Manufacturers of monoclonal antibodies (mAbs) and other biologics have a new way to monitor changes in higher order structures of their products. This method lets them see alterations in real time and, potentially, to inspect every vial before it is released.

It is based on the direct correlation of the changes in water relaxation measured using time domain nuclear magnetic resonance (wNMR). Any changes can be correlated with stability, heterogeneity, and binding affinities of higher order structures identified by high-resolution 2D NMR spectral analysis and other orthogonal analytical methods.

This insight came through a study of forced degradation by chemical oxidation in which correlations were made among various analytical measurements of perturbations in the critical quality attribute of higher order structures. The key questions were “how much change in the 2D NMR spectral fingerprint is expected before a functional change occurs that may detrimentally affect the safety and efficacy of a given mAb therapeutic,” and “would real-time wNMR measurements correlate with the same underlying higher order structure changes,” Robert G. Brinson, PhD, research chemist at the National Institute of Standards and Technology (NIST) and principal investigator for this study, tells GEN.

Portable and compact

“While wNMR is a low-resolution technique, the instrument is portable and compact and the measurement takes less than one minute,” Brinson says. “It not only has the ability for [real-time, non-invasive] reaction monitoring, but also the potential to quantitatively and non-invasively inspect every vial before release.” Therefore, “wNMR could become as common as HPLC.”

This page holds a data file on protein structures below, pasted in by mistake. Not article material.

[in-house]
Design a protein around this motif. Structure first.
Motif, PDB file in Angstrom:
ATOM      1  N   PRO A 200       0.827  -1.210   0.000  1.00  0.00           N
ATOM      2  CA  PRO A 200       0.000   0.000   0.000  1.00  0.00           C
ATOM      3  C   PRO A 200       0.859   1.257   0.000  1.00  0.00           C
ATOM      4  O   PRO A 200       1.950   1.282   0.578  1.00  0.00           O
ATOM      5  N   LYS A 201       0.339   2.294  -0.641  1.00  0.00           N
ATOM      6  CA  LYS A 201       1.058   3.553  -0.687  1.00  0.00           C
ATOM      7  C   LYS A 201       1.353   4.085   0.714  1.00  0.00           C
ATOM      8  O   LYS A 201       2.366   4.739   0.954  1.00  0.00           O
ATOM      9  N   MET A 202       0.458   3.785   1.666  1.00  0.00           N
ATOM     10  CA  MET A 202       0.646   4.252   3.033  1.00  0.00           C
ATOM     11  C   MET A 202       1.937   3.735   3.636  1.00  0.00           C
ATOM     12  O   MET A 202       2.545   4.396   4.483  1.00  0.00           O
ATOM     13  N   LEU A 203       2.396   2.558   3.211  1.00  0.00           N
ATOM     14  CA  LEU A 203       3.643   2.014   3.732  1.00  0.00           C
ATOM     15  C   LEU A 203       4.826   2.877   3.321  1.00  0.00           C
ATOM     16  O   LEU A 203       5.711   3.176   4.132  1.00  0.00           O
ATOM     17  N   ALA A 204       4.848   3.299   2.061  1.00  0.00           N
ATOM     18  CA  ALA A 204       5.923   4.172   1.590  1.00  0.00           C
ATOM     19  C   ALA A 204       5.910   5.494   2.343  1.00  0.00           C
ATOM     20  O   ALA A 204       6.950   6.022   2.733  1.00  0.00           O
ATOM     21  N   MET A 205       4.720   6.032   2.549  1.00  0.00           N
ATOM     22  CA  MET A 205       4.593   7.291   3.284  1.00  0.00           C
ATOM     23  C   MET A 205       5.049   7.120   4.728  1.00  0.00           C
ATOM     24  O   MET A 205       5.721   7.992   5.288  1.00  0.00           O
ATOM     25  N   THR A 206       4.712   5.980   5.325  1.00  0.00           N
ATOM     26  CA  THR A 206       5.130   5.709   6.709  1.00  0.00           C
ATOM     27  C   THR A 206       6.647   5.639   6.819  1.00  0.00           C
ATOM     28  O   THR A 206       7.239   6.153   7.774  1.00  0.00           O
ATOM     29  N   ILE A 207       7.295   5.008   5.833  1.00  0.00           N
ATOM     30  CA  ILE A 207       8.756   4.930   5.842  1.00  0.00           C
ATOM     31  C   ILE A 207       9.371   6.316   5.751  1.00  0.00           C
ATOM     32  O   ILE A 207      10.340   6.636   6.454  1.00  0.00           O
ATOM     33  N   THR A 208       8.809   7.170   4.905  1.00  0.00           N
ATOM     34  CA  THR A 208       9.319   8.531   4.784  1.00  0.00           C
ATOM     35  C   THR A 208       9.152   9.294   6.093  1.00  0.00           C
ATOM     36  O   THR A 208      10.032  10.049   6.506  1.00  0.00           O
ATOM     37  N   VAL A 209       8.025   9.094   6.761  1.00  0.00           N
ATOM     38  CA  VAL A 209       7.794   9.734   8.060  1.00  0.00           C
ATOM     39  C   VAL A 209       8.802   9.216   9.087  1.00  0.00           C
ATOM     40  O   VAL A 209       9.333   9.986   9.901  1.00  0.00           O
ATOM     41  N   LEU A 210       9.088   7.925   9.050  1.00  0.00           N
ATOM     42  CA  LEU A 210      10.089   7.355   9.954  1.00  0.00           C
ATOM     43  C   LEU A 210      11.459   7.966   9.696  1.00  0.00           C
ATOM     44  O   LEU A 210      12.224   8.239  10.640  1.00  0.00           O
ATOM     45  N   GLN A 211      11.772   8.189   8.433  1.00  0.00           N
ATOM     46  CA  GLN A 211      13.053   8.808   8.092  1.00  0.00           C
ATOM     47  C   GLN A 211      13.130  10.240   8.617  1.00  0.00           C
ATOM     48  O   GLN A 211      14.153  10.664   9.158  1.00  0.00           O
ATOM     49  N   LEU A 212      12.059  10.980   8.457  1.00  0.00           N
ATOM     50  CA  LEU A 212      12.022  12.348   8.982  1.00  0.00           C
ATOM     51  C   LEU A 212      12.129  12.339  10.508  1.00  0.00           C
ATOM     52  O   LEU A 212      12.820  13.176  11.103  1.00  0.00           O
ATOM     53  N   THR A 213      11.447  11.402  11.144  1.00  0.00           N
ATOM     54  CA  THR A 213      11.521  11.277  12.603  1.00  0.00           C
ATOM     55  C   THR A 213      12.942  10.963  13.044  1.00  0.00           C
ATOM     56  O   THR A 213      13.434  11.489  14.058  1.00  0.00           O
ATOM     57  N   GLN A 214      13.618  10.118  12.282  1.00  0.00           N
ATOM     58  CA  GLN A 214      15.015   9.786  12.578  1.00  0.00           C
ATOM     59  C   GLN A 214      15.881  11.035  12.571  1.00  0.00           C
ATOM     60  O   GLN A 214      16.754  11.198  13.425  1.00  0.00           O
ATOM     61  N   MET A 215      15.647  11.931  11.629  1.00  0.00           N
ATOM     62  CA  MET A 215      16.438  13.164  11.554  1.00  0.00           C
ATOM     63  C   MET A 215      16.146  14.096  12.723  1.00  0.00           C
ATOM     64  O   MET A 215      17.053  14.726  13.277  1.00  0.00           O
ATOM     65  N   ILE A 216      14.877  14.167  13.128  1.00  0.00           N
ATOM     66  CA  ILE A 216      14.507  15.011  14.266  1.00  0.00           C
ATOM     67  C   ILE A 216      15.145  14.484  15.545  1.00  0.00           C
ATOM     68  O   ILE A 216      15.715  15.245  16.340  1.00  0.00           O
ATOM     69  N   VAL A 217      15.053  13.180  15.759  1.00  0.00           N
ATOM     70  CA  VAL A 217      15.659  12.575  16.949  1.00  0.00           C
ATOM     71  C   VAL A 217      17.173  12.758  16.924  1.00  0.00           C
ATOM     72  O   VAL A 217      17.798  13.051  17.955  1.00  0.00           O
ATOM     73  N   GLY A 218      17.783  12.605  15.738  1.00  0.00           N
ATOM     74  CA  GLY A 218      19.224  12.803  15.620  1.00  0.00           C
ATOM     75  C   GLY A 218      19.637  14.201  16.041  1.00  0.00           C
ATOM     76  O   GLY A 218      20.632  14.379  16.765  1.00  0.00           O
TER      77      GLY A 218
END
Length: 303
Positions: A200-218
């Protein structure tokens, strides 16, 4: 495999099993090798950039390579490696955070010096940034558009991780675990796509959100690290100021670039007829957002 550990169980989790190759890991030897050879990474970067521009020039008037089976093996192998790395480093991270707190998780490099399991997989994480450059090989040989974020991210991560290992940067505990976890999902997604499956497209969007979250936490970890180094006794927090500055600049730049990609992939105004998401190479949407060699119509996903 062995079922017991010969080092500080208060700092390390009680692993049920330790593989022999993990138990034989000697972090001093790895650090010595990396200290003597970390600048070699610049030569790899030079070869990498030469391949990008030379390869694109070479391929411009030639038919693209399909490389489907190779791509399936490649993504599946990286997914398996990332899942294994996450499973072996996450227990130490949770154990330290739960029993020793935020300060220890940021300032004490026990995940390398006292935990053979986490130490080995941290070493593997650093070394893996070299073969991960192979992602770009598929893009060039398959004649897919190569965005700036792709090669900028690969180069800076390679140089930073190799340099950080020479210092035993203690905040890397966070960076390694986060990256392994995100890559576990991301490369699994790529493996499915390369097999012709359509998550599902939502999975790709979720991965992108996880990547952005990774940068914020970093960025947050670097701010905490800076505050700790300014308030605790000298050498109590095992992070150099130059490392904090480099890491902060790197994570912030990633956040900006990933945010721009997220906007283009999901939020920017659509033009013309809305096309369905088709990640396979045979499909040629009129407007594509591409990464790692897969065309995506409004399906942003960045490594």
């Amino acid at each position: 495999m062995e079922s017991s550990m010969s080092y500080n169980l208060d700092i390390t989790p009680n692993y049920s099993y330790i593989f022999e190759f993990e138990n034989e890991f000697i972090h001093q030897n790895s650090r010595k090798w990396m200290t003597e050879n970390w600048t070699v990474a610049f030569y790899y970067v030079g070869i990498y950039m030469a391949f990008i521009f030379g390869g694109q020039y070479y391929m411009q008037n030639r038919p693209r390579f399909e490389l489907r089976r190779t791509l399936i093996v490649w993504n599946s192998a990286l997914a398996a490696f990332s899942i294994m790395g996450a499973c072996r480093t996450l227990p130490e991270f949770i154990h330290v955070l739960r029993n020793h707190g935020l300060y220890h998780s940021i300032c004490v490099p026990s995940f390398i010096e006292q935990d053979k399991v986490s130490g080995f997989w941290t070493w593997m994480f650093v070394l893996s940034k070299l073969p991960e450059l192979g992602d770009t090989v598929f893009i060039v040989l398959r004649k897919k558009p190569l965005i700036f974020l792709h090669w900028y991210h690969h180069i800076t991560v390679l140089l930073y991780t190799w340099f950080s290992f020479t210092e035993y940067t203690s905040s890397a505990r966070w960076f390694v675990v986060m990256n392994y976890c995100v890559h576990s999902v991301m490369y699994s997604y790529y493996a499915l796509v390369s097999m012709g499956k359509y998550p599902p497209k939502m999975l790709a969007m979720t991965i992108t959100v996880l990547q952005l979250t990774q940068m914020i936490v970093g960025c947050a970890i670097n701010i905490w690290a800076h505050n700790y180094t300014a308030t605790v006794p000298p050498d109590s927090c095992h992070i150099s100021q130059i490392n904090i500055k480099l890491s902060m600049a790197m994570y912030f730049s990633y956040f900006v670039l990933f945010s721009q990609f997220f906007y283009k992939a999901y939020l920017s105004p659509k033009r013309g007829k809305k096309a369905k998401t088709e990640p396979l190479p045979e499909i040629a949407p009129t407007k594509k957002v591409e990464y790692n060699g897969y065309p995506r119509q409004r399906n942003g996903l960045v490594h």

The project used reference material NISTmAb for an IgG1 therapeutic class and measured higher order structure perturbations arising from chemical oxidation using 2D-NMR, wNMR and other analytical techniques. “Results showed clear linear correlations between wNMR and 2D-NMR measurements and observed changes in stability and functional response,” Brinson says.

Before this technique can be applied to commercial manufacturing, “more statistical and chemometric work is needed to develop a robust analysis protocol, including linking spectral perturbations to a bioassay.” He also notes that a published interlaboratory study to standardize operational protocols and gain stakeholder consensus for pharmaceutical applications is needed for wNMR. Such a study was performed for 2D-NMR in 2019.

Three of the researchers on this research are also involved in projects with the FDA to further advance and harmonize NMR methods for application to biopharmaceuticals.

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